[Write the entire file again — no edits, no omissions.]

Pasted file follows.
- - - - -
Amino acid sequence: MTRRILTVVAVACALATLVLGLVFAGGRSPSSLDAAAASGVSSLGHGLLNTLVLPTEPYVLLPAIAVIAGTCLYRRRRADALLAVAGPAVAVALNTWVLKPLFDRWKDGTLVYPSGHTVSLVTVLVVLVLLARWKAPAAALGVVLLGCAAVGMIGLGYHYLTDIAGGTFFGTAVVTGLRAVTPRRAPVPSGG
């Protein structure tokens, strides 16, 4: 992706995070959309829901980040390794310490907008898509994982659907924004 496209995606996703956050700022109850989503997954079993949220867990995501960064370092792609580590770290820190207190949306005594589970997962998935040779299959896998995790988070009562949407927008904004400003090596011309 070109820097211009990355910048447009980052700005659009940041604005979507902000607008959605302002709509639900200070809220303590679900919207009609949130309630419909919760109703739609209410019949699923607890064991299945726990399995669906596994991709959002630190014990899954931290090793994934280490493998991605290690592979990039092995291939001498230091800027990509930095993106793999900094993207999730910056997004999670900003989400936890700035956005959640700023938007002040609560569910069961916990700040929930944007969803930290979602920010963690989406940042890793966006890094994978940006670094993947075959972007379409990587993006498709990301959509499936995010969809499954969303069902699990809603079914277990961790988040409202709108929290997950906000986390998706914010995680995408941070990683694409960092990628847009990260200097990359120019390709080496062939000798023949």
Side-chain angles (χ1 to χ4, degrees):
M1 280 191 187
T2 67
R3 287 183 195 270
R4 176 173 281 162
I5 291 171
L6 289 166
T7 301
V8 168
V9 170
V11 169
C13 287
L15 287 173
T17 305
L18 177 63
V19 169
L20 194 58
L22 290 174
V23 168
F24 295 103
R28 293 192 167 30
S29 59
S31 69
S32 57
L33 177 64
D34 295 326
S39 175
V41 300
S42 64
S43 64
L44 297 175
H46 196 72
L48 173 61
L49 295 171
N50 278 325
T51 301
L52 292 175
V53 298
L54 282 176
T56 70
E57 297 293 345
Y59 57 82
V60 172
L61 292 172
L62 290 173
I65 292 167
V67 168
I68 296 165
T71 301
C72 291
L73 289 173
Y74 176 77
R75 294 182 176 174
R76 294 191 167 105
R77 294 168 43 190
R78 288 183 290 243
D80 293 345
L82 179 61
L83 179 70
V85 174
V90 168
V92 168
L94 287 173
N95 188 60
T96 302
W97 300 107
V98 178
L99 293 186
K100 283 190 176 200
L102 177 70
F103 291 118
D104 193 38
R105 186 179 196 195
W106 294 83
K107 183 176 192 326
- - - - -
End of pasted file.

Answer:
Amino acid sequence: MTRRILTVVAVACALATLVLGLVFAGGRSPSSLDAAAASGVSSLGHGLLNTLVLPTEPYVLLPAIAVIAGTCLYRRRRADALLAVAGPAVAVALNTWVLKPLFDRWKDGTLVYPSGHTVSLVTVLVVLVLLARWKAPAAALGVVLLGCAAVGMIGLGYHYLTDIAGGTFFGTAVVTGLRAVTPRRAPVPSGG
């Protein structure tokens, strides 16, 4: 992706995070959309829901980040390794310490907008898509994982659907924004 496209995606996703956050700022109850989503997954079993949220867990995501960064370092792609580590770290820190207190949306005594589970997962998935040779299959896998995790988070009562949407927008904004400003090596011309 070109820097211009990355910048447009980052700005659009940041604005979507902000607008959605302002709509639900200070809220303590679900919207009609949130309630419909919760109703739609209410019949699923607890064991299945726990399995669906596994991709959002630190014990899954931290090793994934280490493998991605290690592979990039092995291939001498230091800027990509930095993106793999900094993207999730910056997004999670900003989400936890700035956005959640700023938007002040609560569910069961916990700040929930944007969803930290979602920010963690989406940042890793966006890094994978940006670094993947075959972007379409990587993006498709990301959509499936995010969809499954969303069902699990809603079914277990961790988040409202709108929290997950906000986390998706914010995680995408941070990683694409960092990628847009990260200097990359120019390709080496062939000798023949």
Side-chain angles (χ1 to χ4, degrees):
M1 280 191 187
T2 67
R3 287 183 195 270
R4 176 173 281 162
I5 291 171
L6 289 166
T7 301
V8 168
V9 170
V11 169
C13 287
L15 287 173
T17 305
L18 177 63
V19 169
L20 194 58
L22 290 174
V23 168
F24 295 103
R28 293 192 167 30
S29 59
S31 69
S32 57
L33 177 64
D34 295 326
S39 175
V41 300
S42 64
S43 64
L44 297 175
H46 196 72
L48 173 61
L49 295 171
N50 278 325
T51 301
L52 292 175
V53 298
L54 282 176
T56 70
E57 297 293 345
Y59 57 82
V60 172
L61 292 172
L62 290 173
I65 292 167
V67 168
I68 296 165
T71 301
C72 291
L73 289 173
Y74 176 77
R75 294 182 176 174
R76 294 191 167 105
R77 294 168 43 190
R78 288 183 290 243
D80 293 345
L82 179 61
L83 179 70
V85 174
V90 168
V92 168
L94 287 173
N95 188 60
T96 302
W97 300 107
V98 178
L99 293 186
K100 283 190 176 200
L102 177 70
F103 291 118
D104 193 38
R105 186 179 196 195
W106 294 83
K107 183 176 192 326